Achieving Population Goals in Long-Lived Wildlife With Contraception
American Association of Zoo Veterinarians Conference 2007
Jay F. Kirkpatrick1, PhD; Allison Turner2, BS
1The Science and Conservation Center, Billings, MT, USA; 2Assateague Island National Seashore, Berlin, MD, USA


The ultimate goal of any wildlife contraceptive effort is some alteration of the target population, either through a slowing of growth, or stabilization or reduction of the population. Early population models suggested that short-term contraceptive agents applied to long-lived species would not achieve significant population changes.1-4 Native porcine zona pellucida vaccine (PZP) , a short-term contraceptive vaccine, was applied to a herd of wild horses inhabiting Assateague Island National Seashore, USA, over a 13-year period, with the immediate goal of achieving zero population growth, a secondary goal of reducing the population from 175 to 150, and a tertiary goal of reaching 120, all without the physical removal of animals. Contraceptive efficacy ranged from 92–100% on an annual basis, and the percent of adult females that was treated on any given year ranged from 42–76%. The first goal of achieving zero population growth was achieved in 2 years, and the initial decline of the population became apparent in 8 years, and by year 11 the population had declined to 137, a decrease of 21.7%. The lengthy period required for achieving a population decline was caused by increasing body condition scores, reduced mortality and significantly increased longevity among treated females.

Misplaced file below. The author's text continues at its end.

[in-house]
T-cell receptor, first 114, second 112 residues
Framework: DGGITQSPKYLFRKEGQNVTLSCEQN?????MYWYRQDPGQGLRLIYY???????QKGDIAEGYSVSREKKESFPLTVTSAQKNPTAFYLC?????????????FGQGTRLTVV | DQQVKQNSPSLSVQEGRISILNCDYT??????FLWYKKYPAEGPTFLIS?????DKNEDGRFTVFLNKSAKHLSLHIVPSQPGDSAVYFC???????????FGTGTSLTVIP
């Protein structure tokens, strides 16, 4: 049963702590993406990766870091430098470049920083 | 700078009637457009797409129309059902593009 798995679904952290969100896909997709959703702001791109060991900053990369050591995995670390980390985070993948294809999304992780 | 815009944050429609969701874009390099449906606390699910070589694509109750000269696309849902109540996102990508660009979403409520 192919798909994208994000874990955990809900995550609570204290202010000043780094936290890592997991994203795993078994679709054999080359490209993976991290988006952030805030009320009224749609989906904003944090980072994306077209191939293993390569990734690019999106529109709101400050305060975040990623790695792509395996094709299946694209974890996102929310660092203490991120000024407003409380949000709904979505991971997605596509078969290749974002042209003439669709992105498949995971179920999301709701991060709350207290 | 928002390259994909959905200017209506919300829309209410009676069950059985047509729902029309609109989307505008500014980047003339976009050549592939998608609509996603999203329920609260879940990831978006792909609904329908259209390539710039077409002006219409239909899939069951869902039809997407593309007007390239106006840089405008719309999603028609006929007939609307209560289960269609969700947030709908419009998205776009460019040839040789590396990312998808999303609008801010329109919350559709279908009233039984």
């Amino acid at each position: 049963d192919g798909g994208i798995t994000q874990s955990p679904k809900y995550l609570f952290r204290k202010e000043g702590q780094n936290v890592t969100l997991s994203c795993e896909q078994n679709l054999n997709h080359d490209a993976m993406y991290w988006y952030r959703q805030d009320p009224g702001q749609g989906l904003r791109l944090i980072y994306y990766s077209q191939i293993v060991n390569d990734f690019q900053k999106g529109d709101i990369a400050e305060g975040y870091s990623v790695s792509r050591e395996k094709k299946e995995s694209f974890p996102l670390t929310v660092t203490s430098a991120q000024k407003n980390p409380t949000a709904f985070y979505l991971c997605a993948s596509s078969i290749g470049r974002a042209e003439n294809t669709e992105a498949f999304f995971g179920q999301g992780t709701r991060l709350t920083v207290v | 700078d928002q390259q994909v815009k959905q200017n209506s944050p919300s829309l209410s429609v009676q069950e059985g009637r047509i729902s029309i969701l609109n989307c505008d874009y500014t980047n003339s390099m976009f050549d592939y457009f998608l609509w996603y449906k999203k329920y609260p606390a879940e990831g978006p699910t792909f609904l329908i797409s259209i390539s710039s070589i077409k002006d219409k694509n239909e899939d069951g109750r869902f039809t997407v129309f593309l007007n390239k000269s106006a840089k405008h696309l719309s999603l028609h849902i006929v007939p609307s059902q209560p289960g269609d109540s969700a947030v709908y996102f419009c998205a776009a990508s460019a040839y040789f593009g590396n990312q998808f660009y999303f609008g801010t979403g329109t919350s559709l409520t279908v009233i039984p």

This project was funded in part by Assateague Island National Seashore, The National Park Service, the National Institutes of Health, The Science and Conservation Center at ZooMontana, and carried out under the U.S. Investigational New Animal Drug file 8857–G0002 with the U.S. Food and drug Administration. Special thanks to the late Frances Velay and the Panaphil Foundation, for many years of support for this project.

Literature Cited

1.  Garrott RA. Feral horse fertility control: potential and limitations. Wildl Soc Bull. 1991;19:52–58.

2.  Garrott RA. Effective management of free-ranging ungulate populations using contraception. Wildl Soc Bull. 1995;23:445–452.

3.  Garrott RA. A preliminary investigation of the potential effects of reproductive inhibition as a means of controlling feral horse populations. In: Cohn PN, Plotka ED, Seal ES, eds. Contraception in Wildlife. Lewsiton, NY: Edward Mellon Press; 1997:243–254.

4.  Hone J. Rate of increase and fertility control. J Appl Ecol. 1992;29:695–698.


Speaker Information
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Jay F. Kirkpatrick, PhD
The Science and Conservation Center
Billings, MT, USA

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